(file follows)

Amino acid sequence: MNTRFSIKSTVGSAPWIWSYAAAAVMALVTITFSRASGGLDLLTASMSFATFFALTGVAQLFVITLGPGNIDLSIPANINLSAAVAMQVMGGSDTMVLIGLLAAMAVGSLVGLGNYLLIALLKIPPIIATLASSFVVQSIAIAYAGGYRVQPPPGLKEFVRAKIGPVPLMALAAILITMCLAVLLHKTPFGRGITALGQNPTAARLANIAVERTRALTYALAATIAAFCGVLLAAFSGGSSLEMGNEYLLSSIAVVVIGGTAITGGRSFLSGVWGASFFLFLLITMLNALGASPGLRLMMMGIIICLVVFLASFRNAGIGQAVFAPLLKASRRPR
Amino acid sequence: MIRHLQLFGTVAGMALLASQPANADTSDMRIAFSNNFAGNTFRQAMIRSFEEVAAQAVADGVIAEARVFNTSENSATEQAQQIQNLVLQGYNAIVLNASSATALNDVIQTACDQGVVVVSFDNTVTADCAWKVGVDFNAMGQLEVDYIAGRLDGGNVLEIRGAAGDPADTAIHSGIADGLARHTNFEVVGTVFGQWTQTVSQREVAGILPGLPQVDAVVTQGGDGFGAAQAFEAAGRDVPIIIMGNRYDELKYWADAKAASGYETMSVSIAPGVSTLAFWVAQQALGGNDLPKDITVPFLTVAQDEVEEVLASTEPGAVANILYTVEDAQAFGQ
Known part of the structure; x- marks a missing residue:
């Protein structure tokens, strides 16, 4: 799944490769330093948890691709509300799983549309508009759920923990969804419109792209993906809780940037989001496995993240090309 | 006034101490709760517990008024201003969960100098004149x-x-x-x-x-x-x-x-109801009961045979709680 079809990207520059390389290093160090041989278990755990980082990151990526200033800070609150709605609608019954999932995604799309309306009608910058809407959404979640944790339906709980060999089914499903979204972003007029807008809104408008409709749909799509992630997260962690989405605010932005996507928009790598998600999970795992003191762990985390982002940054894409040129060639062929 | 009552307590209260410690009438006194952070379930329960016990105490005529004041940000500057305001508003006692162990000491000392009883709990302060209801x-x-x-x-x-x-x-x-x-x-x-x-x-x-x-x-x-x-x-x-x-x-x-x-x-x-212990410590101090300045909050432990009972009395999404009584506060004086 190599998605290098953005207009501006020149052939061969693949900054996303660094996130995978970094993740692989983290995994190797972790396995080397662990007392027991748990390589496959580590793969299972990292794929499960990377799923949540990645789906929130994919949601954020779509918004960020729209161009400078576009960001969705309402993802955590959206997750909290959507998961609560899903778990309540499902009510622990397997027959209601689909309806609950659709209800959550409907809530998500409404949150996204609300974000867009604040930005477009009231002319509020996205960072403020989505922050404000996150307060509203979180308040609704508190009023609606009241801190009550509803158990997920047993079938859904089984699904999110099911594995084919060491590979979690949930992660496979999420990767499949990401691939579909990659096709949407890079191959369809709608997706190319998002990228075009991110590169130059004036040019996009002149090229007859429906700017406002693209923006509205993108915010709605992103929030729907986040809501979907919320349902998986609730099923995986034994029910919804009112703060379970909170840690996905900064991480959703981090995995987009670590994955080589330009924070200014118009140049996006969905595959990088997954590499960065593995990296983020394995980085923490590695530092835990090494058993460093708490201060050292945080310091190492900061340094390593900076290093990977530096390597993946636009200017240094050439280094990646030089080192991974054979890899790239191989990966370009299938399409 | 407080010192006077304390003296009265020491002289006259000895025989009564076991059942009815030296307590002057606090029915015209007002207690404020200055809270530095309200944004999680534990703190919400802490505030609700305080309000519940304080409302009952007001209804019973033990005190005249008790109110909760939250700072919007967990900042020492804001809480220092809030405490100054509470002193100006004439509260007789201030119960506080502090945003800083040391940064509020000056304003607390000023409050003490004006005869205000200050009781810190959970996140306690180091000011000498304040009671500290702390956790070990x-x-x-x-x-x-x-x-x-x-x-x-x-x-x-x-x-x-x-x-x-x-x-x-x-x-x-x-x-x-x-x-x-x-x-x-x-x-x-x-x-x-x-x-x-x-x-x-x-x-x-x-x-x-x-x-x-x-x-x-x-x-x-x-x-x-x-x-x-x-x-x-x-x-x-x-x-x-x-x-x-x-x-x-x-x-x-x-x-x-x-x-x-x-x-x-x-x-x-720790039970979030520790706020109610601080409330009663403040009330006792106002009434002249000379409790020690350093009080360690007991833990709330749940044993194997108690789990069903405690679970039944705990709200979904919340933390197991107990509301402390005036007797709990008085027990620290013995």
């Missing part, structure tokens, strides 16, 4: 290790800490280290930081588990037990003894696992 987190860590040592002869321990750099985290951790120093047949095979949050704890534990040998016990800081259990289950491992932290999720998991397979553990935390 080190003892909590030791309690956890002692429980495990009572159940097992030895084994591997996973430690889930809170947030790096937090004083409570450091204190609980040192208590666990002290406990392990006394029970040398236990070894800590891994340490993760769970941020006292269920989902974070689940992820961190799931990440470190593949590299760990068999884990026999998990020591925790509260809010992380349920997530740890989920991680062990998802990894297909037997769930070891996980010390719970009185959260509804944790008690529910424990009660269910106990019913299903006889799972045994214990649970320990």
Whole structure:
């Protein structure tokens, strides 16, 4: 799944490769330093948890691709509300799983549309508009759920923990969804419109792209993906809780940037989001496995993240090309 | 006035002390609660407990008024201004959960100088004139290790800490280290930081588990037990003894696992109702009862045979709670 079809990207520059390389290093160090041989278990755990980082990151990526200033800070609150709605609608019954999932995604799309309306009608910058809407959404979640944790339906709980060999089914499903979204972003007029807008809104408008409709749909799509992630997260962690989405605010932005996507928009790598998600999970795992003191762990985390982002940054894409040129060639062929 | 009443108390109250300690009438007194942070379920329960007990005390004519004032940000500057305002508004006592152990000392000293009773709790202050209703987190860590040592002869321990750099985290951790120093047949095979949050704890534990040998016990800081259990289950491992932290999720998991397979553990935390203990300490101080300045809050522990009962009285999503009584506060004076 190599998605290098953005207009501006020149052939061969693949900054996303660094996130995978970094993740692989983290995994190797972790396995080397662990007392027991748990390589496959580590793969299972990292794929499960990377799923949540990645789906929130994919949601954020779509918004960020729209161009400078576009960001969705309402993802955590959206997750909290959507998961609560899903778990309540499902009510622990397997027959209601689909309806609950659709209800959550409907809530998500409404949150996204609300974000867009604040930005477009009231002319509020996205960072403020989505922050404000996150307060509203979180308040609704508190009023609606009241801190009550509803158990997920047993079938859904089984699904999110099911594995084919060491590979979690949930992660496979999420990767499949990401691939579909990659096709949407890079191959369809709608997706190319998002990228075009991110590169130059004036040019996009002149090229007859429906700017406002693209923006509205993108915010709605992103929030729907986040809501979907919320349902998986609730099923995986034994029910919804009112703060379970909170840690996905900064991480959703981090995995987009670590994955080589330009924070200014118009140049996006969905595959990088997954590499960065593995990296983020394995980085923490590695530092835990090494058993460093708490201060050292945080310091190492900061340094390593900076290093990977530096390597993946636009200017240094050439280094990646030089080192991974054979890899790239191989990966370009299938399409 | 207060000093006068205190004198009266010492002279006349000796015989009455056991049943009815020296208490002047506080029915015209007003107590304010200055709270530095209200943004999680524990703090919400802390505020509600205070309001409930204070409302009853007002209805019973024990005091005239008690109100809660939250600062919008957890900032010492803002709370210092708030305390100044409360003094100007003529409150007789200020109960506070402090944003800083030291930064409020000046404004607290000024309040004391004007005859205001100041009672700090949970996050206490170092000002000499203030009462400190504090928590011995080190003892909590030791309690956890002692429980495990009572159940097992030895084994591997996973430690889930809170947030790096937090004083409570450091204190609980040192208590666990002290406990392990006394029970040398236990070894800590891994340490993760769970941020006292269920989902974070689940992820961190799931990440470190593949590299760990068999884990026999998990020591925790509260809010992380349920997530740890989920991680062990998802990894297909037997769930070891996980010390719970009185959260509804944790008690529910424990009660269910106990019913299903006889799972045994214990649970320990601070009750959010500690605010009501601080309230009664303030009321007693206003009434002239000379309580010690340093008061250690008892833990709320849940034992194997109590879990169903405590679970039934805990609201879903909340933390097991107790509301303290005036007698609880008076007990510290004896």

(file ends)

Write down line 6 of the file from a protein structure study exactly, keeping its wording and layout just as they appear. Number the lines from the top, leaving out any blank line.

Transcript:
Whole structure: